Eyes on the road

Published 10:09 am Thursday, August 17, 2017

With the relative rarity of Monday’s solar eclipse, many people are expected to be traveling the roads to find the perfect spot to view the astronomical event.

First Sergeant Rodney Sawyer of the state Highway Patrol office in Ahoskie cautioned people on the roads to be safe, whether they are planning to travel to the path of totality or just simply on the road during the event.

Traffic is expected to be heavy throughout the state as people travel down to South Carolina or to the mountains in the southwestern corner of North Carolina. Sgt. Sawyer suggested that people plan to leave early for their destination and to expect traffic delays.

“Monitor local traffic reports,” he said in case there are any important traffic updates.

For drivers who are simply out on the roads during the duration of the eclipse, Sgt. Sawyer had a few more reminders:

Do not stop on the roadway, and refrain from pulling off on the shoulder as well.

Find a parking lot or another safe location.

Do not wear eclipse glasses while driving.

Activate headlights and increase the following distance from other drivers.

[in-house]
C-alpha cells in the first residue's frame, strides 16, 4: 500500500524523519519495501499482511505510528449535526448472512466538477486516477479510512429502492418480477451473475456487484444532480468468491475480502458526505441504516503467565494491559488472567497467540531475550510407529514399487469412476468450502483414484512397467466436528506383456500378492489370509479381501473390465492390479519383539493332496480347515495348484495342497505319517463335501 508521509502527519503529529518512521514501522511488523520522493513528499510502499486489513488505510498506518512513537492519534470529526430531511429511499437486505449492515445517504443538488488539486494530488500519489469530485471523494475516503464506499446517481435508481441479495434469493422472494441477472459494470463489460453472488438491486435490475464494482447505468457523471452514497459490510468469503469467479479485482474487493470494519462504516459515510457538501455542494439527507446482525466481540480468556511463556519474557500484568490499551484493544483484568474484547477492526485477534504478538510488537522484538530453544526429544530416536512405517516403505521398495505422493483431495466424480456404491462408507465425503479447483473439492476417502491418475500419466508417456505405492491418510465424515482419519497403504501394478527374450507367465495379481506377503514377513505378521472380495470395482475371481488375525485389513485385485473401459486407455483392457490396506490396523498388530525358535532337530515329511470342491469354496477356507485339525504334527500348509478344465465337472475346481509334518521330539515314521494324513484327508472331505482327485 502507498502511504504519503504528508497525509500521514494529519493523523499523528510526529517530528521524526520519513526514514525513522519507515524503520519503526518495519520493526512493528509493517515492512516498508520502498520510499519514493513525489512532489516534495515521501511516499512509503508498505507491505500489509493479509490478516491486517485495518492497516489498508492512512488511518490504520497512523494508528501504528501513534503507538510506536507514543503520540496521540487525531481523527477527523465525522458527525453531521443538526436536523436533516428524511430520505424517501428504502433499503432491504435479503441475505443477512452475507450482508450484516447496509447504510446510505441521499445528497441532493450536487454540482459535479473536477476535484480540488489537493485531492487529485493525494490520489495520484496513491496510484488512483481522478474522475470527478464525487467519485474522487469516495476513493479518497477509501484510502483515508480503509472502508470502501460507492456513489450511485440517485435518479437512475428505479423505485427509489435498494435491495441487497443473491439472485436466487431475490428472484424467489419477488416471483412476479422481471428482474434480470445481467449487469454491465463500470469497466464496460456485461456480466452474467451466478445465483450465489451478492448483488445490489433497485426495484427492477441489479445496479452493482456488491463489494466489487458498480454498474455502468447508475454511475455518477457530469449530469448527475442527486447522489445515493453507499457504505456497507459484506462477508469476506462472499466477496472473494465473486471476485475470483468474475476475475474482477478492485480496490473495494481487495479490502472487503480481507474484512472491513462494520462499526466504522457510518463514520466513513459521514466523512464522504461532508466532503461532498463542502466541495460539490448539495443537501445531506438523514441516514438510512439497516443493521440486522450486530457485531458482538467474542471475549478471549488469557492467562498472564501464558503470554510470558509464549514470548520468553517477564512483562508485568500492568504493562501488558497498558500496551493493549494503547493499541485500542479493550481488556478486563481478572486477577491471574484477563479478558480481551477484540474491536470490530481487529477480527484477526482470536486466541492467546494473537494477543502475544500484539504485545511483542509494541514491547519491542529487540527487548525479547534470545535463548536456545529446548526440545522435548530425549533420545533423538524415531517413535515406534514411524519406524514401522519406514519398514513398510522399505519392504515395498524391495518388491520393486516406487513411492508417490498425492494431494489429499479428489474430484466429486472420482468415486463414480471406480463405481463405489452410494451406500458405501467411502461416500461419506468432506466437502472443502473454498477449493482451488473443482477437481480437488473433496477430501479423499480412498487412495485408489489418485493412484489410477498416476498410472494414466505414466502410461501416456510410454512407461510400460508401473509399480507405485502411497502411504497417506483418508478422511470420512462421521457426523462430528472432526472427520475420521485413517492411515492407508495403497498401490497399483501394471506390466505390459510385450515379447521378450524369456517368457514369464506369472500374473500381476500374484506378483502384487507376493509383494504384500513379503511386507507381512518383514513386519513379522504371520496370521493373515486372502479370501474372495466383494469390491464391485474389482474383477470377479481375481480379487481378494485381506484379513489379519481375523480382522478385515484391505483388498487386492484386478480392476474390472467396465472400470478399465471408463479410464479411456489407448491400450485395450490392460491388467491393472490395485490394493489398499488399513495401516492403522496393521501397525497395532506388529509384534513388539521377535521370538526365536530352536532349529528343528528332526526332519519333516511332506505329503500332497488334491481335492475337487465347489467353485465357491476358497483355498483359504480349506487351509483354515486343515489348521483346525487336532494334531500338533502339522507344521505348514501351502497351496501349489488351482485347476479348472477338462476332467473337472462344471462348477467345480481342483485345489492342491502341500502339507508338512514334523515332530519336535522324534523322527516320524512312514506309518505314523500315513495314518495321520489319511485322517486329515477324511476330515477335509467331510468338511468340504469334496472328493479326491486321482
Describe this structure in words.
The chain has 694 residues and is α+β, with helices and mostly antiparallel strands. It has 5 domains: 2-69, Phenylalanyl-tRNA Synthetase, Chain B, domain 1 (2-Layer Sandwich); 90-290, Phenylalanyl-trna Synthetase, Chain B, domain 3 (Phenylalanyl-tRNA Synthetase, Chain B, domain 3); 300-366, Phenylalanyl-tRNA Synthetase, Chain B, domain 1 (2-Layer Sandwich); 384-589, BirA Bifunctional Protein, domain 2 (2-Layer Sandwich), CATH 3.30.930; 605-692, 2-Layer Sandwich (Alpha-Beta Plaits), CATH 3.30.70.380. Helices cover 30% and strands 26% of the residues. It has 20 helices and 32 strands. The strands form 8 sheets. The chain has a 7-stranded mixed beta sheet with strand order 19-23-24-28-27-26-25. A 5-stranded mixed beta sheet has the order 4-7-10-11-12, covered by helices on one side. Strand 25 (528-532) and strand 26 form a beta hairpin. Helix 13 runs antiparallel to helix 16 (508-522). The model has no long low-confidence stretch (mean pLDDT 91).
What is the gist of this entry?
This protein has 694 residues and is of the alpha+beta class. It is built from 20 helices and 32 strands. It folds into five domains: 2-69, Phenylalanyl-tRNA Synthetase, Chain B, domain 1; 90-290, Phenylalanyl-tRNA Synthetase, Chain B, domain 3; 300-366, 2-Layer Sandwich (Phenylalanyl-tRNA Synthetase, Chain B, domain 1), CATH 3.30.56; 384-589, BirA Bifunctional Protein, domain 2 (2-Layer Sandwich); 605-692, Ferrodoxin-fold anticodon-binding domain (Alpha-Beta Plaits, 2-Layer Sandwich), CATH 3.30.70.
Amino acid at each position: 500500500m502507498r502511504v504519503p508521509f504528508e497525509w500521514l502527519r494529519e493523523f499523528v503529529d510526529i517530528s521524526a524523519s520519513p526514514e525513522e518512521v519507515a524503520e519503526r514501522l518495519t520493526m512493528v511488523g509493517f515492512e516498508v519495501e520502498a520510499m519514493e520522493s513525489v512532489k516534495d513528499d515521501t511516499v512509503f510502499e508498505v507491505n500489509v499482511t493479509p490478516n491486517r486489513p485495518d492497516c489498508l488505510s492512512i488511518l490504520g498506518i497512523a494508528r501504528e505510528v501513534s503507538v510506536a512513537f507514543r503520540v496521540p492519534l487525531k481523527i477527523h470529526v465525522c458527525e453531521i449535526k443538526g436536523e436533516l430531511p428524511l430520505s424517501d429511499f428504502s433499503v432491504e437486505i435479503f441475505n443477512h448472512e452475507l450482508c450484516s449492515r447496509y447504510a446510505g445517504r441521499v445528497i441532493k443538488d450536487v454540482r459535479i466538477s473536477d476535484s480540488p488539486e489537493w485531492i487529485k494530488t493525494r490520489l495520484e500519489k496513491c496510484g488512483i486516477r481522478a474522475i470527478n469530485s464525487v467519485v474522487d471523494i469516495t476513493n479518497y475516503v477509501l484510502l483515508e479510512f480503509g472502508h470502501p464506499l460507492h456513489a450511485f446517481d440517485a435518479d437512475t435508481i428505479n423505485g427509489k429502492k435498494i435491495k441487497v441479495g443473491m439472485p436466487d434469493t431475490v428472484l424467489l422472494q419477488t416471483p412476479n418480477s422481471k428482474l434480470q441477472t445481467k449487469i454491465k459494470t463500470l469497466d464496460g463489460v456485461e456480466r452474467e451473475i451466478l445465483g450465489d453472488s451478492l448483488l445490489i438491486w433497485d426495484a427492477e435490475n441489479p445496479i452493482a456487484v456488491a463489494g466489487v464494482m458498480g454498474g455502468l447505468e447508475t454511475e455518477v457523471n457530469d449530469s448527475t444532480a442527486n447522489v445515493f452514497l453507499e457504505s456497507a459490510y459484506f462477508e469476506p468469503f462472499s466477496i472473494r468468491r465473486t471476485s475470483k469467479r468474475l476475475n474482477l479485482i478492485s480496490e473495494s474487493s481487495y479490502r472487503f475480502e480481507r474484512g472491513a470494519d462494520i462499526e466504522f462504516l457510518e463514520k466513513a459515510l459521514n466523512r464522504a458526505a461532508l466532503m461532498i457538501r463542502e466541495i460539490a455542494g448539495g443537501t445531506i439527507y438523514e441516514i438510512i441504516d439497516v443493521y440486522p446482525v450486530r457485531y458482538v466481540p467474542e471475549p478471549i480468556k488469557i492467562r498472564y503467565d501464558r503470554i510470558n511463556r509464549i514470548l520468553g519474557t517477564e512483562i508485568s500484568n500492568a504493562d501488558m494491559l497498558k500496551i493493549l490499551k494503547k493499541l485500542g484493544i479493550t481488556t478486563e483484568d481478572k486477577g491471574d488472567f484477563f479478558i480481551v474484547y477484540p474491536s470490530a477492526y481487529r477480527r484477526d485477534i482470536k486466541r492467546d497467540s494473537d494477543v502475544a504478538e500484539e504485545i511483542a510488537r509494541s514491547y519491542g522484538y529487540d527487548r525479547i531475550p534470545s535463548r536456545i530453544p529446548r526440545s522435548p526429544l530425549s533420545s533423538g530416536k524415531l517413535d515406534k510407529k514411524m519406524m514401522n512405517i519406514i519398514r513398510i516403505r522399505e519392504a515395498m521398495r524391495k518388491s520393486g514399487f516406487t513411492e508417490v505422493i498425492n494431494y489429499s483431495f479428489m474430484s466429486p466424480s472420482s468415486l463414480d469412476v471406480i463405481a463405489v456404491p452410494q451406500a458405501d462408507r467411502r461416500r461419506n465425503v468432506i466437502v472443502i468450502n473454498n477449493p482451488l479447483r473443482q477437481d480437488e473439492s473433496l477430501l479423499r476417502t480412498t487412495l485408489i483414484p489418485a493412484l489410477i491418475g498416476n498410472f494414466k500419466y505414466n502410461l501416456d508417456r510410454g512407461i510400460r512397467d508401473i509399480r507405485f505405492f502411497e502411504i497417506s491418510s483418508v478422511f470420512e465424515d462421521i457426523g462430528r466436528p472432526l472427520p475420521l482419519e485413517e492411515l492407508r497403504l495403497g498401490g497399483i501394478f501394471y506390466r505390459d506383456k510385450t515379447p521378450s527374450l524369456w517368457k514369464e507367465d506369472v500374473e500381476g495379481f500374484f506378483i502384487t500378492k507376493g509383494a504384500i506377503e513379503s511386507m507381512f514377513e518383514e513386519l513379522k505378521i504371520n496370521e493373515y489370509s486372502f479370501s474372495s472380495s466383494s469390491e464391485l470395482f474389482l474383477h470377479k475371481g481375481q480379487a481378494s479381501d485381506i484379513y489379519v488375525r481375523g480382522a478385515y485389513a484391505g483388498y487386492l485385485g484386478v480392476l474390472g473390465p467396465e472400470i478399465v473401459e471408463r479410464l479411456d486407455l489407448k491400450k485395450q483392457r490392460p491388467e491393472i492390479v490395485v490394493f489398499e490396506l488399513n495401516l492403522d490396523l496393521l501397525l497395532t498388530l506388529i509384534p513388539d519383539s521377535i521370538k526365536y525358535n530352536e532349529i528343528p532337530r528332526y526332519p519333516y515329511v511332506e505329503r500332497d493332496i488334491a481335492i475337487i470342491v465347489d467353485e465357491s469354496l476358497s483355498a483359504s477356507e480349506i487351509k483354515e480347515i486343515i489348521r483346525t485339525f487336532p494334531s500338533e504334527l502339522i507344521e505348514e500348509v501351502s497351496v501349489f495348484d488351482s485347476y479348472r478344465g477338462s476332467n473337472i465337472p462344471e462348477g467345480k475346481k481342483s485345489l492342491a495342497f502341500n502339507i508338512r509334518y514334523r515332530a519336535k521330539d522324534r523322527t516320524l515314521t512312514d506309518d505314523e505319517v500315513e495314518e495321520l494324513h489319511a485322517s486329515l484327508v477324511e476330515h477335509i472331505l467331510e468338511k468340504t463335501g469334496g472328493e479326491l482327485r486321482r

Be aware of potentially distracted drivers and take care not to drive distracted as well.

Sgt. Sawyer also wanted to remind people that 911 should only be used for emergency situations and not for information. He suggested people visit www.drivenc.gov for updates on traffic throughout the state.

“Be safe, be smart, be in a safe location,” Sawyer concluded.

Information provided in a statement by the NCDOT echoed the same points as the Highway Patrol. They encouraged people to “arrive early, stay put, leave late.”

Roadwork on primary routes in the 17 westernmost counties will be suspended between Friday evening and Tuesday afternoon. The NCDOT will monitor other major highways and may reopen some lane closures if heavy traffic backups occur.